Is Job Hopping Losing Its Bad Rap? (Infographic)
People used to frown on hopping from job to job. If you were a career nomad, hiring managers were liable to dismiss you as damaged goods. Maybe you didn’t play well with others or you slacked off on your duties. Perhaps you just couldn’t hold down a job.
Today that logic is as outdated as not being a job gypsy. If you haven’t noticed while cruising LinkedIn for your next opportunity, switching jobs every few years is the new norm nowadays. And a recent employment survey recently conducted by Accountemps only affirms the growing career chameleon trend.
The Menlo Park, Calif.-based global temp staffing firm found that 57 percent of millennial workers (people between the ages of 18 and 34) think changing jobs often is good for your career.
Meanwhile, the older workers Accountemps polled aren’t clinging to old beliefs on long-term employer loyalty as much as you’d expect. Still, they don’t seem eager to throw their arms around job-leapfrogging either, with only 38 percent of professionals between the ages of 35 and 54 surveyed viewing frequently changing jobs as beneficial. The older the respondents were, the less likely they were to share millennials’ enthusiasm.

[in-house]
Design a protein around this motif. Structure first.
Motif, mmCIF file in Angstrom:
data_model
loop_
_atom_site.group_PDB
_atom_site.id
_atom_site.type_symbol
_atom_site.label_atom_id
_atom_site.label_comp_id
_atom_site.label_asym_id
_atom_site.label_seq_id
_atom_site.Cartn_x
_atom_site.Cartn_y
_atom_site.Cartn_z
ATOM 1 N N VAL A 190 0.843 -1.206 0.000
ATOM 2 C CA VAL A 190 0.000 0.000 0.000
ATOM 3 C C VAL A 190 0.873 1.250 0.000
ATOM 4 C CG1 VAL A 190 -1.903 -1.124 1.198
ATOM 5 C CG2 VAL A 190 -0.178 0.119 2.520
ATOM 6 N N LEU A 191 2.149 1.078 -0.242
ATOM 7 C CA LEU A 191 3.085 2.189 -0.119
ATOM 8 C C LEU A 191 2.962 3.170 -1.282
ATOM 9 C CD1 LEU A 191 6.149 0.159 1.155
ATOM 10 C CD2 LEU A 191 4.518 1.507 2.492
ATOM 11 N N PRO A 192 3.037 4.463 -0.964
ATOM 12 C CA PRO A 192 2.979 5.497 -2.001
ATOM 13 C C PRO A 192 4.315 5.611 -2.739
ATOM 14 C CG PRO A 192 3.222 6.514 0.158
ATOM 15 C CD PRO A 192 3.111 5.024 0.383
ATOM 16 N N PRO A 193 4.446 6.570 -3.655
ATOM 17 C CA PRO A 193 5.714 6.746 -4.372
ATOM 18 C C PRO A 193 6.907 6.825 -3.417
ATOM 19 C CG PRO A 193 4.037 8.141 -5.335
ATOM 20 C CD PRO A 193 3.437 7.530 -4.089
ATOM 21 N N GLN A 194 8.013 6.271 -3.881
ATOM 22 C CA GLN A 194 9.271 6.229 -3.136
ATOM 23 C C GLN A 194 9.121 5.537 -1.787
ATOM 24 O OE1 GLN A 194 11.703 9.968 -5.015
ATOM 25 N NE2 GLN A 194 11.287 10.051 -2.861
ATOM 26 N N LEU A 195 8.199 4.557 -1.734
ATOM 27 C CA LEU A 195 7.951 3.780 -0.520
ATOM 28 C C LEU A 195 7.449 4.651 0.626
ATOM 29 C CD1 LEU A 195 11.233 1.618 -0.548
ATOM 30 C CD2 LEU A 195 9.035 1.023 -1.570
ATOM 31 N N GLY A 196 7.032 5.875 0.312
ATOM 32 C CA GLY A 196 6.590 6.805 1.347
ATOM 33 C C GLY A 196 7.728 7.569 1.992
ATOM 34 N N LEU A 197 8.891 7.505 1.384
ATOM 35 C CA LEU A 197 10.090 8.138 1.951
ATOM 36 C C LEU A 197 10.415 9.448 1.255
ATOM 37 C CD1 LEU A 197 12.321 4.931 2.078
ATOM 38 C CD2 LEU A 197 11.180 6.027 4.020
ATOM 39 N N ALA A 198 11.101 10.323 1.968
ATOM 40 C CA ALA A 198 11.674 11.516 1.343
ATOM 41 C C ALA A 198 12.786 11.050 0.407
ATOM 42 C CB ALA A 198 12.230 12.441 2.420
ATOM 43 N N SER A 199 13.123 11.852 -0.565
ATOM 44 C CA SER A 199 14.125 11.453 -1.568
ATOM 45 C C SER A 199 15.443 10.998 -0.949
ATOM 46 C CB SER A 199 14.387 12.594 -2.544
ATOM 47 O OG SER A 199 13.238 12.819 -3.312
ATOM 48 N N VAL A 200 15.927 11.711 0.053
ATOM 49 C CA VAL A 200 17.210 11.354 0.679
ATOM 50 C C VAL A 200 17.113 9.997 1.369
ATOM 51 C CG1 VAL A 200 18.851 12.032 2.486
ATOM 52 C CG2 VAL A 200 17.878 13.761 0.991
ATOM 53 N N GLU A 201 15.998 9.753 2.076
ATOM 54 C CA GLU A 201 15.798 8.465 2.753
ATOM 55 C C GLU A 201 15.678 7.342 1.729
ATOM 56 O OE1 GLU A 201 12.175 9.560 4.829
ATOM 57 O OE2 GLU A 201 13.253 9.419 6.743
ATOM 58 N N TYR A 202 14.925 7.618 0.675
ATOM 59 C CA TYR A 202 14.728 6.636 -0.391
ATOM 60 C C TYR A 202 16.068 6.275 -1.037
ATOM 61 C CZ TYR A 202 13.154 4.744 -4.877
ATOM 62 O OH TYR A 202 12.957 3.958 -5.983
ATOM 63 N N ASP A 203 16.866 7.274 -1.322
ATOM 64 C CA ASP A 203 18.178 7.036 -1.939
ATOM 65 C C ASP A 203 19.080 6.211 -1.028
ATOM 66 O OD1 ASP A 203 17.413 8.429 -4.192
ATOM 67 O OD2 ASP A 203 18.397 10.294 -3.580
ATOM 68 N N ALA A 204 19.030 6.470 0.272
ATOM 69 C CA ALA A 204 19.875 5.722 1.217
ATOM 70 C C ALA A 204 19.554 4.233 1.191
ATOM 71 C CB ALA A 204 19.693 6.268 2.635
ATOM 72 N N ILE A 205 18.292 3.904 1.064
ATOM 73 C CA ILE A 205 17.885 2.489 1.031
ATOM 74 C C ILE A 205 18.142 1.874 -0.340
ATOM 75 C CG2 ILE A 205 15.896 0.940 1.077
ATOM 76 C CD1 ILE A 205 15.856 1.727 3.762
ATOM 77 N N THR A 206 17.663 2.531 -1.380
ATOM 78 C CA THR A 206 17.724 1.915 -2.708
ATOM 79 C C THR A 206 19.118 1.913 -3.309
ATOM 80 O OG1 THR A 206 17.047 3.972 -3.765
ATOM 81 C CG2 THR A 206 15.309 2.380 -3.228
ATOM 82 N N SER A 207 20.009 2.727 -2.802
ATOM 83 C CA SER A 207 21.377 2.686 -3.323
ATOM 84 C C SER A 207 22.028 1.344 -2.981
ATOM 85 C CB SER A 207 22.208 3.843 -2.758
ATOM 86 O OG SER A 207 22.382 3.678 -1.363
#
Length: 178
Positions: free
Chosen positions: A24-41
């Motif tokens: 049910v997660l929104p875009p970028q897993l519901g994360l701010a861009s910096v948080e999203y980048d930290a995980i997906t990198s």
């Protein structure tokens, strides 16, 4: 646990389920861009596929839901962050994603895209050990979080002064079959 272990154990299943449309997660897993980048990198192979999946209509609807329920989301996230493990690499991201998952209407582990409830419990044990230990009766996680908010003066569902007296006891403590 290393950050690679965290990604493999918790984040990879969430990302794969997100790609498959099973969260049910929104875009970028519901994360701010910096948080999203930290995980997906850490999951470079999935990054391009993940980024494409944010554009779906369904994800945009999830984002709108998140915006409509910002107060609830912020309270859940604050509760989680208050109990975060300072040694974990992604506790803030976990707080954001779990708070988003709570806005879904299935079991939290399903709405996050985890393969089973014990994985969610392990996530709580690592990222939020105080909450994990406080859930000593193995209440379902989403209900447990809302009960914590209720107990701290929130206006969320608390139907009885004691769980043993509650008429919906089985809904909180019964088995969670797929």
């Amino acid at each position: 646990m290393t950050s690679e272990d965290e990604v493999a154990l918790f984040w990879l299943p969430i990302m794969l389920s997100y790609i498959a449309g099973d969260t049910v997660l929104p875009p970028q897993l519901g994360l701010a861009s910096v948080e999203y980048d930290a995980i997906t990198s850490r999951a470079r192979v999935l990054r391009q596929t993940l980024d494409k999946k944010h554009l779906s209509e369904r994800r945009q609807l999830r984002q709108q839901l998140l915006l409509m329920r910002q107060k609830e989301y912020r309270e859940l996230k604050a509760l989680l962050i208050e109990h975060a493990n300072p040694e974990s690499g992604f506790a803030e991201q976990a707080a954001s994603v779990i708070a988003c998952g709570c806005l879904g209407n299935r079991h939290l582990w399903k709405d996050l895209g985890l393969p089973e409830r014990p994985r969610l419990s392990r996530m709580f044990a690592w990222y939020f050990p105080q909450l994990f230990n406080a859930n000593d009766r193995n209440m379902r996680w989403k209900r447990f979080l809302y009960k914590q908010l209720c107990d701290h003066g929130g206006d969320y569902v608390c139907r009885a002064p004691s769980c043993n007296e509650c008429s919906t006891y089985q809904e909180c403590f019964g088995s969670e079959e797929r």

For more statistics on where people stand on the job-hopping trend, take a look at Accountemps' infographic survey companion below, you know, when you’re not too busy scoping out your next gig:
Related: 10 Reasons You Have to Quit Your Job
Kim Lachance Shandrow is the former West Coast editor at Entrepreneur.com. Previously, she was a commerce columnist at Los Angeles CityBeat, a news producer at MSNBC and KNBC in Los Angeles and a frequent contributor to the Los Angeles Times. She has also written for Government Technology magazine, LA Yoga magazine, the Lowell Sun newspaper, HealthCentral.com, PsychCentral.com and the former U.S. Surgeon General, Dr. C. Everett Coop. Follow her on Twitter at @Lashandrow. You can also follow her on Facebook here.